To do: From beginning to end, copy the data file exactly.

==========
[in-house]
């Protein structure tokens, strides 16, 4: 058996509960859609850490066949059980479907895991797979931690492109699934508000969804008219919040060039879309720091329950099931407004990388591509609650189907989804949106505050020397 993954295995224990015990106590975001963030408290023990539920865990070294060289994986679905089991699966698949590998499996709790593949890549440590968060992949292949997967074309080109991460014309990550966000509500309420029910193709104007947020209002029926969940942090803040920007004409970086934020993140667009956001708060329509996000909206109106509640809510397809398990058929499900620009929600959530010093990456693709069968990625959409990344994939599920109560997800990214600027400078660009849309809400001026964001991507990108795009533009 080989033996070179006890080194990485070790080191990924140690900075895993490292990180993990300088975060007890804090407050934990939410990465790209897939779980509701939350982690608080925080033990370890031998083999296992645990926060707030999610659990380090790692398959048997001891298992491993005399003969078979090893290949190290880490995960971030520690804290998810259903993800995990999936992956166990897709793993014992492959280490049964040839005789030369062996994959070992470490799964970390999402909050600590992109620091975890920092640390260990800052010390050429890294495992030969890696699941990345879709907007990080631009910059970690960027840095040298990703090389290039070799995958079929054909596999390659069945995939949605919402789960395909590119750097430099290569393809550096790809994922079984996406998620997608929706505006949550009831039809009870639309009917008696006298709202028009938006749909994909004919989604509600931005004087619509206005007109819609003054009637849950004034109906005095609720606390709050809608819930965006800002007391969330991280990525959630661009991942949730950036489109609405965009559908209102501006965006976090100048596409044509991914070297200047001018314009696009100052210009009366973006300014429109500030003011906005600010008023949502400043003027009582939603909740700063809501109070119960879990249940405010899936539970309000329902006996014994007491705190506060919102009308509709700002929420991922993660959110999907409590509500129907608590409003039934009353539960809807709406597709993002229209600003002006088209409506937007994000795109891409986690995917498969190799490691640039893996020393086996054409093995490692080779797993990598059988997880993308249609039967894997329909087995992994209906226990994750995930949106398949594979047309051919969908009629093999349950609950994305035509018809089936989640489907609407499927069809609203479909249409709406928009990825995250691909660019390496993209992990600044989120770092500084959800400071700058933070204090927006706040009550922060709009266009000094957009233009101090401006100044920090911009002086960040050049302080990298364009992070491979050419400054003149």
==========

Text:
[in-house]
């Protein structure tokens, strides 16, 4: 058996509960859609850490066949059980479907895991797979931690492109699934508000969804008219919040060039879309720091329950099931407004990388591509609650189907989804949106505050020397 993954295995224990015990106590975001963030408290023990539920865990070294060289994986679905089991699966698949590998499996709790593949890549440590968060992949292949997967074309080109991460014309990550966000509500309420029910193709104007947020209002029926969940942090803040920007004409970086934020993140667009956001708060329509996000909206109106509640809510397809398990058929499900620009929600959530010093990456693709069968990625959409990344994939599920109560997800990214600027400078660009849309809400001026964001991507990108795009533009 080989033996070179006890080194990485070790080191990924140690900075895993490292990180993990300088975060007890804090407050934990939410990465790209897939779980509701939350982690608080925080033990370890031998083999296992645990926060707030999610659990380090790692398959048997001891298992491993005399003969078979090893290949190290880490995960971030520690804290998810259903993800995990999936992956166990897709793993014992492959280490049964040839005789030369062996994959070992470490799964970390999402909050600590992109620091975890920092640390260990800052010390050429890294495992030969890696699941990345879709907007990080631009910059970690960027840095040298990703090389290039070799995958079929054909596999390659069945995939949605919402789960395909590119750097430099290569393809550096790809994922079984996406998620997608929706505006949550009831039809009870639309009917008696006298709202028009938006749909994909004919989604509600931005004087619509206005007109819609003054009637849950004034109906005095609720606390709050809608819930965006800002007391969330991280990525959630661009991942949730950036489109609405965009559908209102501006965006976090100048596409044509991914070297200047001018314009696009100052210009009366973006300014429109500030003011906005600010008023949502400043003027009582939603909740700063809501109070119960879990249940405010899936539970309000329902006996014994007491705190506060919102009308509709700002929420991922993660959110999907409590509500129907608590409003039934009353539960809807709406597709993002229209600003002006088209409506937007994000795109891409986690995917498969190799490691640039893996020393086996054409093995490692080779797993990598059988997880993308249609039967894997329909087995992994209906226990994750995930949106398949594979047309051919969908009629093999349950609950994305035509018809089936989640489907609407499927069809609203479909249409709406928009990825995250691909660019390496993209992990600044989120770092500084959800400071700058933070204090927006706040009550922060709009266009000094957009233009101090401006100044920090911009002086960040050049302080990298364009992070491979050419400054003149």